A survey of bank workers has found high levels of workplace bullying, says the financial workers union, Finsec.
Finsec national organiser Matthew Fitzsimons said the survey, which looked at the Westpac and National banks, found that 43 per cent of workers said they had been bullied.
Just over half of those workers who had experienced bullying suffered it on a weekly basis, he said.
"We are talking about things like put downs in front of customers and colleagues, aggressive language, threats that they will lose their jobs and being isolated and ostracised," he told NZPA.
Mr Fitzsimons said the survey, which would eventually cover all the five main banks, arose from work the union did last year looking at high workloads.
He said both Westpac and National had zero tolerance policies on bullying in the workplace, but workload and performance pressures were undermining that.
"There are five very, very competitive banks in New Zealand and they see a big threat from new players in the market and it's the staff who are bearing the brunt," he said.
"These banks have actually done some quite good work in this area (of bullying) but it's the staff levels and workload which is running counter to that."
He said the aim of the survey was to gauge what was taking place and hopefully to help spark a culture change in the banks' systems.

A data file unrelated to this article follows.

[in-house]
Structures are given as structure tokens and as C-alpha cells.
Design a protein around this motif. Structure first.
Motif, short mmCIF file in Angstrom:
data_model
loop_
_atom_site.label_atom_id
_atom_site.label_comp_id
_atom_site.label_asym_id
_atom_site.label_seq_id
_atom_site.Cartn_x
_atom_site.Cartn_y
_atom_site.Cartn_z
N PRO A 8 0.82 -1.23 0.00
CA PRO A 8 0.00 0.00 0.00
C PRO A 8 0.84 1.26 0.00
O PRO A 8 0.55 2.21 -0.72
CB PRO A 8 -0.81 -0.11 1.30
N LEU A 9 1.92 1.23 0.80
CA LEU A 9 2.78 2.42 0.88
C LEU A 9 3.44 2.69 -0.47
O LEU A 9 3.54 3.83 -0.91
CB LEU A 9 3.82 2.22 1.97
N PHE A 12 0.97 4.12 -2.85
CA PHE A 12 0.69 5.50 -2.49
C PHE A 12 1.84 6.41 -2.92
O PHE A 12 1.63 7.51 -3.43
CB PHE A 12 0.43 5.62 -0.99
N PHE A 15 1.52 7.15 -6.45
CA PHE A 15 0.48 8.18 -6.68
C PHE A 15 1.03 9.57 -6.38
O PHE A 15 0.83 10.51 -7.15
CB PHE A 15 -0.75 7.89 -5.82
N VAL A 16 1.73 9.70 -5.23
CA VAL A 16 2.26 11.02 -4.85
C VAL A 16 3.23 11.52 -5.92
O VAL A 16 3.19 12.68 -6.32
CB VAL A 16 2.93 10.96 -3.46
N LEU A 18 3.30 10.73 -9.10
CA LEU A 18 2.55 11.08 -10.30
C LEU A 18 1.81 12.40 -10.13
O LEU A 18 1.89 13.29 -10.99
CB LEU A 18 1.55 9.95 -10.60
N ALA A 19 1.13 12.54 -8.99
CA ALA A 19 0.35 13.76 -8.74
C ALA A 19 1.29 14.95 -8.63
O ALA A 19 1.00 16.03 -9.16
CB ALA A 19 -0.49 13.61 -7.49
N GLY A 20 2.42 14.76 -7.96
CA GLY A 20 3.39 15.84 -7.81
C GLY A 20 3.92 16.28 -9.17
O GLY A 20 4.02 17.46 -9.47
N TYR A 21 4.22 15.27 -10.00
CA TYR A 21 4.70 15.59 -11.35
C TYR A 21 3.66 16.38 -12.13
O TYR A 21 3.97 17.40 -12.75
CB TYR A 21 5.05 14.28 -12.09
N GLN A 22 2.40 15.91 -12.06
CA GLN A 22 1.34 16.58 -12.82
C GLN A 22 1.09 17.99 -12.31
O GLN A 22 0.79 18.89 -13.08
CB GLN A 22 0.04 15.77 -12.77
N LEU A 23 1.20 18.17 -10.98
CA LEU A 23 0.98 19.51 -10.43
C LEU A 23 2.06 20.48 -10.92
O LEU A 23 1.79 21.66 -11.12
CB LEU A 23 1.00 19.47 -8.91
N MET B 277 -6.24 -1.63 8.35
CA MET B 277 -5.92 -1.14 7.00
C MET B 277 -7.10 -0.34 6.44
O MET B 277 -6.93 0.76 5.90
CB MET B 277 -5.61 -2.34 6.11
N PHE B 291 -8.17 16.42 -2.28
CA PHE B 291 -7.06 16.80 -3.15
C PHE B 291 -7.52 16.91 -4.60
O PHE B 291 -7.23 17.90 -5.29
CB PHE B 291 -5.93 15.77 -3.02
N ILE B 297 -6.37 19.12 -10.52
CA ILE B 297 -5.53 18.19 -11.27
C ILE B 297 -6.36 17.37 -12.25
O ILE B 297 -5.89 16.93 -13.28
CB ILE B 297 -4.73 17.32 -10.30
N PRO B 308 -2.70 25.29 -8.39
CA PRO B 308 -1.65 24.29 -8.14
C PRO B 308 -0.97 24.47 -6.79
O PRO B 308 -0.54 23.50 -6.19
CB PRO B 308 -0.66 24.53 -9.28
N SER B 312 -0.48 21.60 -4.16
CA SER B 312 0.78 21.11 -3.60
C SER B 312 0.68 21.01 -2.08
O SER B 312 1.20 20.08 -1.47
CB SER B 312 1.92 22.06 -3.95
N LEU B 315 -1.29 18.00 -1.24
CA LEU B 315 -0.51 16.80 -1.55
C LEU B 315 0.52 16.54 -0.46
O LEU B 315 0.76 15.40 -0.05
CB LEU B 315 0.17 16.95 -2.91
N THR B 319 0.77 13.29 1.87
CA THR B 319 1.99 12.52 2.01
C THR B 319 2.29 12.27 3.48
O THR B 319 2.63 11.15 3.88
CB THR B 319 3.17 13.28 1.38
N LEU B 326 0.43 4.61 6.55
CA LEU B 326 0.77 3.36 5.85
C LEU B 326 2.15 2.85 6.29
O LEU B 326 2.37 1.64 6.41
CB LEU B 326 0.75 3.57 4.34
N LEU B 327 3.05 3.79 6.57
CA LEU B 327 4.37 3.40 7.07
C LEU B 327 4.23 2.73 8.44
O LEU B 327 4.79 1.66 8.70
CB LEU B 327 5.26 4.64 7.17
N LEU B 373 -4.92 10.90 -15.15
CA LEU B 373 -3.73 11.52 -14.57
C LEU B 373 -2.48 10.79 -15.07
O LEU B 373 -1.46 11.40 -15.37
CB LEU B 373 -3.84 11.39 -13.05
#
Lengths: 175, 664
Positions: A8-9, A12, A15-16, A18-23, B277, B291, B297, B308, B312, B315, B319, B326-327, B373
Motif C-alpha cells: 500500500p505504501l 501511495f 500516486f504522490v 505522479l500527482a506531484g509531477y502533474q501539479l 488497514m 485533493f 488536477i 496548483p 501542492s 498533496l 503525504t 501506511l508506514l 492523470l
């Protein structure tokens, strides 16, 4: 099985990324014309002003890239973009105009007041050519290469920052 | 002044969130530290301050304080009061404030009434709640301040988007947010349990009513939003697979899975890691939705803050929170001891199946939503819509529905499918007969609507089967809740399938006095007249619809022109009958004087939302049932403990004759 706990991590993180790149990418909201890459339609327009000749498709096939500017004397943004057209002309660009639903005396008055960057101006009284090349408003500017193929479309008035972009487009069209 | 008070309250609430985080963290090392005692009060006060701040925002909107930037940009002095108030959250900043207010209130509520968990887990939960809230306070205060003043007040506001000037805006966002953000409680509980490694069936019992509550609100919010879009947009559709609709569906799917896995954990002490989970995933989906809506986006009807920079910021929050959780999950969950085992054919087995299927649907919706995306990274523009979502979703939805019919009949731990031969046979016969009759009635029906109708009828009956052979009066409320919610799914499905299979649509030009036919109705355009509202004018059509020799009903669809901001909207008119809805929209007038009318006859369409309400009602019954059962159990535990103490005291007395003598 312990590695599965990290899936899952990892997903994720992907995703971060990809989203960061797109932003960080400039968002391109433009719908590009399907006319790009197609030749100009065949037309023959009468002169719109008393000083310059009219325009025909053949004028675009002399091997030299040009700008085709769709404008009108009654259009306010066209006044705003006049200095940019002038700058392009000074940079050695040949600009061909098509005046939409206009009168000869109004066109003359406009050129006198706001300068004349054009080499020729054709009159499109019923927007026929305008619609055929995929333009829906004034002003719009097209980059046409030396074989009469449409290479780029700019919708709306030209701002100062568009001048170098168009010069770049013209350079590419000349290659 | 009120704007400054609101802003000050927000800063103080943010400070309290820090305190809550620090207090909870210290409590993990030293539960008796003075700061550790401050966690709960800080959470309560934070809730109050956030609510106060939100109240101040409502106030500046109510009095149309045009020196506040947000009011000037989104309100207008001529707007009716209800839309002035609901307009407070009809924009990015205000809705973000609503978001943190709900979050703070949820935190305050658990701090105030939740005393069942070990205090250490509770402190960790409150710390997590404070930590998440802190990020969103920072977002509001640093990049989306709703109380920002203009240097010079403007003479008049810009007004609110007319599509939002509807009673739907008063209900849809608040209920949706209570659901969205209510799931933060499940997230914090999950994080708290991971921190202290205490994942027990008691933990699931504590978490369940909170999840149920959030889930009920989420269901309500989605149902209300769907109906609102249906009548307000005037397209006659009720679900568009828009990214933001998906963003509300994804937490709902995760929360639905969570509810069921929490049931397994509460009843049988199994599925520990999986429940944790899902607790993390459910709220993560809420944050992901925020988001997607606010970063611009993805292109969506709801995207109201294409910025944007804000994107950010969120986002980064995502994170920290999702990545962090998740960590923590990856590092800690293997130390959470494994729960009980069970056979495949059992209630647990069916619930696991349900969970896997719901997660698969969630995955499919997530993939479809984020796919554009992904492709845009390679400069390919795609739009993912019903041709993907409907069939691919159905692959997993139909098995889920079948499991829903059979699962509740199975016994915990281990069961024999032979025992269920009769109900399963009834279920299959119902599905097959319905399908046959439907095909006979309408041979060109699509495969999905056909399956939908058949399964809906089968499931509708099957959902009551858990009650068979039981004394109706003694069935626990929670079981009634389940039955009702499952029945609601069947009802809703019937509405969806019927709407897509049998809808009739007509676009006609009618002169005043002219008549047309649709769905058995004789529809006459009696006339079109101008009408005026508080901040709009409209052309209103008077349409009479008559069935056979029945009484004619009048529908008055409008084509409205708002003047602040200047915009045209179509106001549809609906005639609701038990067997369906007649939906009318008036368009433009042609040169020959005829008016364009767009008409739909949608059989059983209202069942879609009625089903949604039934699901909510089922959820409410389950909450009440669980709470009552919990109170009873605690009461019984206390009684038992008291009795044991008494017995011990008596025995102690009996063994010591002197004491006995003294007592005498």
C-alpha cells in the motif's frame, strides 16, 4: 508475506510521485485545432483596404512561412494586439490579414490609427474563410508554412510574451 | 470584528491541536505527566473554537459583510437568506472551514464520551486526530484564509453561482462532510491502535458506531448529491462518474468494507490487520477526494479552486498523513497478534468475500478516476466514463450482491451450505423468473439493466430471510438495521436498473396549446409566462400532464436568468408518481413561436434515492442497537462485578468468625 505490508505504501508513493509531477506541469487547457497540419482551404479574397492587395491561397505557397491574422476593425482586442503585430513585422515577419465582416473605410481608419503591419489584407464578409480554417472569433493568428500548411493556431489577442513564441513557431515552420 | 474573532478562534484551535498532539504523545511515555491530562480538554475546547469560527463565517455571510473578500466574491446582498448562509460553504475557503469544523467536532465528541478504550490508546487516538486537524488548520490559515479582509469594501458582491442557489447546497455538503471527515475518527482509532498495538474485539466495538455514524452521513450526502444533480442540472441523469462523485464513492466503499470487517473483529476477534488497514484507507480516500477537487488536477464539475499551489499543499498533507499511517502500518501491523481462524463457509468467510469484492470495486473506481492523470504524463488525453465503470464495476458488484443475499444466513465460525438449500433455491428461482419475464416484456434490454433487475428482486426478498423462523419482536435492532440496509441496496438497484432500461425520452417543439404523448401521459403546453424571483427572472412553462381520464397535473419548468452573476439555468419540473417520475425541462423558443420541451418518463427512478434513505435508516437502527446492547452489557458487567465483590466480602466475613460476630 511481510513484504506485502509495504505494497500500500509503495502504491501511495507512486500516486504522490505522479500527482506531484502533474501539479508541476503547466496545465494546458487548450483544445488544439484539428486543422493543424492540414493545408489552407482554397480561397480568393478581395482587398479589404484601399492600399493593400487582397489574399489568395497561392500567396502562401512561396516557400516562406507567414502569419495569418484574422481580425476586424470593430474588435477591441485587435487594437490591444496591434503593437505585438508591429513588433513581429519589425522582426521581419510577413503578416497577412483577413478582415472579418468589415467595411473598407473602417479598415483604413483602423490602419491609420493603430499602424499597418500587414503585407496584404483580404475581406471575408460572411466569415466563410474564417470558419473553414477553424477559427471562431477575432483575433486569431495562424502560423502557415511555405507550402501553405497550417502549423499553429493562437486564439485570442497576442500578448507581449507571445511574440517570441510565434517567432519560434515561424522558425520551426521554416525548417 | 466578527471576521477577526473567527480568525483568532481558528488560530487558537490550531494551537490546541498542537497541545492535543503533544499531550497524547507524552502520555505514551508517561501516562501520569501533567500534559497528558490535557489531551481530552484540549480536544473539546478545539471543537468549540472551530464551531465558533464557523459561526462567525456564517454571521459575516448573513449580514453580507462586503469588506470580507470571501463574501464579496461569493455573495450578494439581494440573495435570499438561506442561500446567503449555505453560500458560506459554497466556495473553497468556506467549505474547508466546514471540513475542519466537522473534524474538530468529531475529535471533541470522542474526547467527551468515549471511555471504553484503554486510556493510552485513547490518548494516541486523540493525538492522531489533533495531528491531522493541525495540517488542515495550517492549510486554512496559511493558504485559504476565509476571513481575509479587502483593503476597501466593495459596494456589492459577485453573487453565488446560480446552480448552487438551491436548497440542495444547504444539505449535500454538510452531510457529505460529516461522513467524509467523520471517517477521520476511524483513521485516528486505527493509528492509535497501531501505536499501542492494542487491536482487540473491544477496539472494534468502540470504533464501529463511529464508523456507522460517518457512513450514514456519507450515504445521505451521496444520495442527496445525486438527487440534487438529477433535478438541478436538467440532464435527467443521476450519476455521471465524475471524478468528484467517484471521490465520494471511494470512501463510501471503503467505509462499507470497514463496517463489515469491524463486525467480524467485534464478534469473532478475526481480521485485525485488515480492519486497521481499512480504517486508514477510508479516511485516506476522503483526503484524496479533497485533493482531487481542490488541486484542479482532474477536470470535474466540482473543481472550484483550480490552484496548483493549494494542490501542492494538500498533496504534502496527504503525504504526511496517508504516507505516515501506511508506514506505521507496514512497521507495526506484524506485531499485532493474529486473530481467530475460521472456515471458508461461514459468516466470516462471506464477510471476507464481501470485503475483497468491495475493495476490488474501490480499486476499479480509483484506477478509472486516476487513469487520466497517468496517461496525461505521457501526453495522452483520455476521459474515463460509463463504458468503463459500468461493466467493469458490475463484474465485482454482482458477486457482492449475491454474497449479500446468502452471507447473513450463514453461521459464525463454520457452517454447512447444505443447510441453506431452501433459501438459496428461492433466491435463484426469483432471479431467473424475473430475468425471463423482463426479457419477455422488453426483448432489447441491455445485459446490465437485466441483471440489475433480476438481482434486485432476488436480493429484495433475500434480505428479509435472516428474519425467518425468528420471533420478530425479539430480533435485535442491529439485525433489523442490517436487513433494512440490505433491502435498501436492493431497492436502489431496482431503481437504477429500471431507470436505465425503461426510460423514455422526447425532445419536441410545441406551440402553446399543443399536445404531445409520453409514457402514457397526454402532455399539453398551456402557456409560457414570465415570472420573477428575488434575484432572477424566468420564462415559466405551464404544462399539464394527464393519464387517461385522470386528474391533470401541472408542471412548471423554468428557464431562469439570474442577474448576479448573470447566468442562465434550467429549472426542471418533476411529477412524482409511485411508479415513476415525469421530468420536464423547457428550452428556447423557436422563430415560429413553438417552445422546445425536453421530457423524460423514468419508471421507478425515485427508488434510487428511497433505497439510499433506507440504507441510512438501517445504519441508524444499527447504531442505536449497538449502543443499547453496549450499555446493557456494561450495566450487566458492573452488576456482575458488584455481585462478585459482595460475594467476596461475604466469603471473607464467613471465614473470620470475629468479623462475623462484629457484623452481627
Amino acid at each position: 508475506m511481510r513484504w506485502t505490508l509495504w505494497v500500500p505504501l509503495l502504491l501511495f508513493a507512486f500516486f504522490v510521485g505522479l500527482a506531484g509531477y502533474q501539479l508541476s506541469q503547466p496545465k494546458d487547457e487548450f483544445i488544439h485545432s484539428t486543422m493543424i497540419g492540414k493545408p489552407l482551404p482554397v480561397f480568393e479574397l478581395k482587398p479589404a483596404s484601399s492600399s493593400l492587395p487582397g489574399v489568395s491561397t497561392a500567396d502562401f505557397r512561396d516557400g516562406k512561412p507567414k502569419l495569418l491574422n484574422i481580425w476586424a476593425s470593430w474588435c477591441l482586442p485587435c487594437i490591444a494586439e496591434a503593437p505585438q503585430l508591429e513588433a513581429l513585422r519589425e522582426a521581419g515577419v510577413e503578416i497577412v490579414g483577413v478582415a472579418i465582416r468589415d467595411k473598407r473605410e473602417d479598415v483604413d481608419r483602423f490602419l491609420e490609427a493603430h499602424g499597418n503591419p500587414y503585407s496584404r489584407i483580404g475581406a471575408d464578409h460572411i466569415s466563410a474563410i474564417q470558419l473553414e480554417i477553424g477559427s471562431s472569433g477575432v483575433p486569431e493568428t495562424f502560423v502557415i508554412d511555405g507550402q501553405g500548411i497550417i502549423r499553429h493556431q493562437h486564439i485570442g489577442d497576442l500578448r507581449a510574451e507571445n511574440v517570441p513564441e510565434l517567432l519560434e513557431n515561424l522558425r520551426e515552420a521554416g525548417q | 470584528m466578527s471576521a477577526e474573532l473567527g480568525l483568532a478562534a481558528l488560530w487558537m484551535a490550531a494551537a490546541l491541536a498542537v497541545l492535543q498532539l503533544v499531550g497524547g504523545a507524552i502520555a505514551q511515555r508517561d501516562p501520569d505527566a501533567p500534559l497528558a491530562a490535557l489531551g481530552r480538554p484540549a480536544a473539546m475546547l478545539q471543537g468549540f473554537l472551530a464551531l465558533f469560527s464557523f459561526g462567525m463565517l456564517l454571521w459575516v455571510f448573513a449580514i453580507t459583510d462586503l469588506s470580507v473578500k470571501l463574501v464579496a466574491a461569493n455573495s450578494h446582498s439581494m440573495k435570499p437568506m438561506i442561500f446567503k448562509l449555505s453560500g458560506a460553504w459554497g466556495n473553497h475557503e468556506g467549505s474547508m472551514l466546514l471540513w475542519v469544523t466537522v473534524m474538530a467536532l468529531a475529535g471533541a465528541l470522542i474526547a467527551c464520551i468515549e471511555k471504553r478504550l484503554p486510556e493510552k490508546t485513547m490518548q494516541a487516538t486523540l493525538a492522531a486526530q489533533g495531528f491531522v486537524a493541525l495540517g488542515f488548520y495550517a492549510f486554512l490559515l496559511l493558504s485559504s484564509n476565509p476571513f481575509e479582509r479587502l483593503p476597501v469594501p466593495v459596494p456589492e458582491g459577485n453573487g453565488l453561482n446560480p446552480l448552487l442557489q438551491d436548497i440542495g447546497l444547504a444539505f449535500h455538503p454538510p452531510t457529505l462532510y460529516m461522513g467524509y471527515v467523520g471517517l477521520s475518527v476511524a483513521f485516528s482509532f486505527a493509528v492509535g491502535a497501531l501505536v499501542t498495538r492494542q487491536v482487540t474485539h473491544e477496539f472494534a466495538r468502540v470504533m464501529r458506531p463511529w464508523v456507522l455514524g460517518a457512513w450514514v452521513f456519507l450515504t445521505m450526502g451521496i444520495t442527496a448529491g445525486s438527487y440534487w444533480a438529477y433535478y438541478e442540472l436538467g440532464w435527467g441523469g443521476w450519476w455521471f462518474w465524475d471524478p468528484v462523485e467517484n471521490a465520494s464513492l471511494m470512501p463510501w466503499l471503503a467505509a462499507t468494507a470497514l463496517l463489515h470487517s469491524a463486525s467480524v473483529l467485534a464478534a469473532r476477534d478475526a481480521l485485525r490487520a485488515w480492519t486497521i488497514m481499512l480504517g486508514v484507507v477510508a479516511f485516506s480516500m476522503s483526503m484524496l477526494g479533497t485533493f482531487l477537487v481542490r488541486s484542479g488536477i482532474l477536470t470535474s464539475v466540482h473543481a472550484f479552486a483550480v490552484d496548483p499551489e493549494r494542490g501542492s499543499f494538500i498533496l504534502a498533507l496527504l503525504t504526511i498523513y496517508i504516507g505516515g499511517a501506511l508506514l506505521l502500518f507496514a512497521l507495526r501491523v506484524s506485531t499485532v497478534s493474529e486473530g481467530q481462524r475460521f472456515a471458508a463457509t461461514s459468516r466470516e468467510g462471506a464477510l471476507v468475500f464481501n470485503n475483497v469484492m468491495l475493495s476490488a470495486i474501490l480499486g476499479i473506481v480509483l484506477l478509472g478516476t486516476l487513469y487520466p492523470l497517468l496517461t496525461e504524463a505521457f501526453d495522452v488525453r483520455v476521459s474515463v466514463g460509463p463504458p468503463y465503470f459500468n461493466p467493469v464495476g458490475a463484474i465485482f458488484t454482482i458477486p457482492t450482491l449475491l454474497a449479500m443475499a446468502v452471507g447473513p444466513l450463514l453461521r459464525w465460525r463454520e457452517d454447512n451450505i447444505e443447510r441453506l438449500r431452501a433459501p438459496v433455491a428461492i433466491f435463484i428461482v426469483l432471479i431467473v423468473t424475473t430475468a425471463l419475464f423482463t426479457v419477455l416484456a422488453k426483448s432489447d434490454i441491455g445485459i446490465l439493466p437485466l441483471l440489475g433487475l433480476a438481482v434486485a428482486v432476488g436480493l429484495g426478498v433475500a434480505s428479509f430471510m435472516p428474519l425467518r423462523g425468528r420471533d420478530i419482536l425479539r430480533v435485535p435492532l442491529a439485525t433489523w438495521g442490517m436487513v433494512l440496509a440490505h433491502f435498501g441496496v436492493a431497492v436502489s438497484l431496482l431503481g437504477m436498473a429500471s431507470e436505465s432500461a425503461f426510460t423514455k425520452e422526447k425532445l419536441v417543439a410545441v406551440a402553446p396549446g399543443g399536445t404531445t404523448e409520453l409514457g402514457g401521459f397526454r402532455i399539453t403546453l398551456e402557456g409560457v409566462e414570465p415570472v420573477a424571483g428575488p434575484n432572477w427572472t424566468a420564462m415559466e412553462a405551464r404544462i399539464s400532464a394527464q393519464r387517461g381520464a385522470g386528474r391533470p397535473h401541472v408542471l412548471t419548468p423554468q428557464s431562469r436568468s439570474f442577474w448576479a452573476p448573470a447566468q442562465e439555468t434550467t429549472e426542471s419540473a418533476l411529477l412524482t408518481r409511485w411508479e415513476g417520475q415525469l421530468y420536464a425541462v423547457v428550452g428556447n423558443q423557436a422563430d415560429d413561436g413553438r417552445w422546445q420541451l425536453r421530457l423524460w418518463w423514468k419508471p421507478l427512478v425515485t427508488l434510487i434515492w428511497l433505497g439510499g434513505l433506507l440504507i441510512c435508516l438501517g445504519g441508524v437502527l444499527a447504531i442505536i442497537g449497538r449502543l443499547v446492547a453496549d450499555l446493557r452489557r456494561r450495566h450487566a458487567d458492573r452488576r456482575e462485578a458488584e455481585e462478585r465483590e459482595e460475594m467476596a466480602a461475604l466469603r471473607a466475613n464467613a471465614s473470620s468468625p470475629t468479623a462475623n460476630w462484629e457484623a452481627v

"We definitely see this as a systemic problem rather than being about individual people."
The survey was of 364 workers at Westpac and 143 at the National Bank.
Westpac spokesman Paul Gregory told NZPA the bank took the issue of workplace bullying extremely seriously and as a result had a code of conduct policy and harassment prevention policy.
He said a comprehensive independent anonymous survey conducted for the bank found that 74 per cent of workers believed they had positive working relationships, 72 per cent believed their immediate manager did a good job, and 77 per cent said employees were treated with respect.
The survey was of 4205 staff, he said.
"We are getting a slightly different message than from them (Finsec) but it is still something important and we'll always take it seriously."
Mr Gregory said the bank had asked the union to encourage workers with problems to use the processes set out in its conduct and harassment policies.
A National Bank spokeswoman said the company had scored the highest level of worker satisfaction among the five main banks in another industry survey.
It took workplace bullying extremely seriously, but questioned the reliability of the Finsec survey given its extremely small sample size, she said.